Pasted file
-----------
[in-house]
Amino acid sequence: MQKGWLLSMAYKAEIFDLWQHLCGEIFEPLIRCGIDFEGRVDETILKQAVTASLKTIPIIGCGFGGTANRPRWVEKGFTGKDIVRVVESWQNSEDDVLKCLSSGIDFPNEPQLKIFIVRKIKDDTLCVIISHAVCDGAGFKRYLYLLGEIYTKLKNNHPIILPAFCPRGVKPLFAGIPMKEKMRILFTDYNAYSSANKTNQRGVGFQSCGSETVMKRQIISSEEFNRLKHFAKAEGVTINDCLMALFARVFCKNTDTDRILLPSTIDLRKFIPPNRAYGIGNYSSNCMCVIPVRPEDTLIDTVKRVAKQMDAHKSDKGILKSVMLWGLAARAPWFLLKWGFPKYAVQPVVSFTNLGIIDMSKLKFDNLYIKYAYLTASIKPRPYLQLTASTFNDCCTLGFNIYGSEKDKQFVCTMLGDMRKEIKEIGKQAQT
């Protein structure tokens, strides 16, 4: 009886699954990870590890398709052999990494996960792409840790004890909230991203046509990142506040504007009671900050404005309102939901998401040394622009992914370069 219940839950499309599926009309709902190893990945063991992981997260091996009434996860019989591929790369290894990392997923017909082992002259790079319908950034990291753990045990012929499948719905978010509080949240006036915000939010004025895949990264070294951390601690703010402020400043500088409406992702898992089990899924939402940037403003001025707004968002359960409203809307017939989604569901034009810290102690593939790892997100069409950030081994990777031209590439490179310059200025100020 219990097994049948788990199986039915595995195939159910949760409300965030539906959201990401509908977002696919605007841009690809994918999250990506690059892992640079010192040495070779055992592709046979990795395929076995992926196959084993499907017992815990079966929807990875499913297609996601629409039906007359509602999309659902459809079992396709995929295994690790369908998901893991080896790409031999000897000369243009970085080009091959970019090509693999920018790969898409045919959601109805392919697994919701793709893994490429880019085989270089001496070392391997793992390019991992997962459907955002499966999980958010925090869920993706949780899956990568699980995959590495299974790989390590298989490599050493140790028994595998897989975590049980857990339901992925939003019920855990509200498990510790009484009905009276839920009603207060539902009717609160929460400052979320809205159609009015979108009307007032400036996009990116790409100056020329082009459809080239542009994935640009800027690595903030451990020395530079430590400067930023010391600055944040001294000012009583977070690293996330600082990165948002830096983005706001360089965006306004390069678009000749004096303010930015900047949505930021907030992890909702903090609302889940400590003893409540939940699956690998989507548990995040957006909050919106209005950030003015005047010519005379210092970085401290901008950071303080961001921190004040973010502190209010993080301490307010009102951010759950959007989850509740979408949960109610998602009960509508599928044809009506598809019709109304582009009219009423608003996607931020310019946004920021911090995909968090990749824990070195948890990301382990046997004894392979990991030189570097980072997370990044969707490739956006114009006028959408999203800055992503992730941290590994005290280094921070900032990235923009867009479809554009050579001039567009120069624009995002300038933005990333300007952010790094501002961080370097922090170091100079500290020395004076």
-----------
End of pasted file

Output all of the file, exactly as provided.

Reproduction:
[in-house]
Amino acid sequence: MQKGWLLSMAYKAEIFDLWQHLCGEIFEPLIRCGIDFEGRVDETILKQAVTASLKTIPIIGCGFGGTANRPRWVEKGFTGKDIVRVVESWQNSEDDVLKCLSSGIDFPNEPQLKIFIVRKIKDDTLCVIISHAVCDGAGFKRYLYLLGEIYTKLKNNHPIILPAFCPRGVKPLFAGIPMKEKMRILFTDYNAYSSANKTNQRGVGFQSCGSETVMKRQIISSEEFNRLKHFAKAEGVTINDCLMALFARVFCKNTDTDRILLPSTIDLRKFIPPNRAYGIGNYSSNCMCVIPVRPEDTLIDTVKRVAKQMDAHKSDKGILKSVMLWGLAARAPWFLLKWGFPKYAVQPVVSFTNLGIIDMSKLKFDNLYIKYAYLTASIKPRPYLQLTASTFNDCCTLGFNIYGSEKDKQFVCTMLGDMRKEIKEIGKQAQT
């Protein structure tokens, strides 16, 4: 009886699954990870590890398709052999990494996960792409840790004890909230991203046509990142506040504007009671900050404005309102939901998401040394622009992914370069 219940839950499309599926009309709902190893990945063991992981997260091996009434996860019989591929790369290894990392997923017909082992002259790079319908950034990291753990045990012929499948719905978010509080949240006036915000939010004025895949990264070294951390601690703010402020400043500088409406992702898992089990899924939402940037403003001025707004968002359960409203809307017939989604569901034009810290102690593939790892997100069409950030081994990777031209590439490179310059200025100020 219990097994049948788990199986039915595995195939159910949760409300965030539906959201990401509908977002696919605007841009690809994918999250990506690059892992640079010192040495070779055992592709046979990795395929076995992926196959084993499907017992815990079966929807990875499913297609996601629409039906007359509602999309659902459809079992396709995929295994690790369908998901893991080896790409031999000897000369243009970085080009091959970019090509693999920018790969898409045919959601109805392919697994919701793709893994490429880019085989270089001496070392391997793992390019991992997962459907955002499966999980958010925090869920993706949780899956990568699980995959590495299974790989390590298989490599050493140790028994595998897989975590049980857990339901992925939003019920855990509200498990510790009484009905009276839920009603207060539902009717609160929460400052979320809205159609009015979108009307007032400036996009990116790409100056020329082009459809080239542009994935640009800027690595903030451990020395530079430590400067930023010391600055944040001294000012009583977070690293996330600082990165948002830096983005706001360089965006306004390069678009000749004096303010930015900047949505930021907030992890909702903090609302889940400590003893409540939940699956690998989507548990995040957006909050919106209005950030003015005047010519005379210092970085401290901008950071303080961001921190004040973010502190209010993080301490307010009102951010759950959007989850509740979408949960109610998602009960509508599928044809009506598809019709109304582009009219009423608003996607931020310019946004920021911090995909968090990749824990070195948890990301382990046997004894392979990991030189570097980072997370990044969707490739956006114009006028959408999203800055992503992730941290590994005290280094921070900032990235923009867009479809554009050579001039567009120069624009995002300038933005990333300007952010790094501002961080370097922090170091100079500290020395004076």